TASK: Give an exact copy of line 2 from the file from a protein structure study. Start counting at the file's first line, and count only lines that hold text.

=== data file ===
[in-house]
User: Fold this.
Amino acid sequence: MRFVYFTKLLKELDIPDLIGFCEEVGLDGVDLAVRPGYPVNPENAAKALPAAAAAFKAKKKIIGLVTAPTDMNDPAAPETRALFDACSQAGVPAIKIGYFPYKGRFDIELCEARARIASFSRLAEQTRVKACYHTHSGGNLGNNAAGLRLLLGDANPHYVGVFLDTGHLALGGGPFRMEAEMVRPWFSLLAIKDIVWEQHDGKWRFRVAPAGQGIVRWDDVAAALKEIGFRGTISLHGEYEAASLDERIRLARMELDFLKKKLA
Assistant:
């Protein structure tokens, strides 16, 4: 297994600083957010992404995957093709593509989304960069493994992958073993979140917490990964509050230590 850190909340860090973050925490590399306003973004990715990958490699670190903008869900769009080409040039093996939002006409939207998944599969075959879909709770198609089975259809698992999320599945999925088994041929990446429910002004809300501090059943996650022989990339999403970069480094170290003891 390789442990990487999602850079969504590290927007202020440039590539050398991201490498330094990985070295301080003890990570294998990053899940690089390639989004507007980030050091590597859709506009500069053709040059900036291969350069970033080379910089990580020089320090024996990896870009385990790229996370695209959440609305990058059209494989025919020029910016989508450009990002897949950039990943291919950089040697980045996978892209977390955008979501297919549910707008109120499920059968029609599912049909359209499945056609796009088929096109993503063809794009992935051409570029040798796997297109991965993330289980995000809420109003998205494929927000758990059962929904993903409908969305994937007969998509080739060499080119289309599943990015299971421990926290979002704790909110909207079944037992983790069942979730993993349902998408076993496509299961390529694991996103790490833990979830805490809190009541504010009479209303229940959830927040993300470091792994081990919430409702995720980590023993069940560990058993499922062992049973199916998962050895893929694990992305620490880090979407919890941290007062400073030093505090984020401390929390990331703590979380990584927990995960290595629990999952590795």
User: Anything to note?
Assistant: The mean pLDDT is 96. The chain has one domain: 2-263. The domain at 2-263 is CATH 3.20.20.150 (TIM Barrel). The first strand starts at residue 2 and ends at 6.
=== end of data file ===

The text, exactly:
User: Fold this.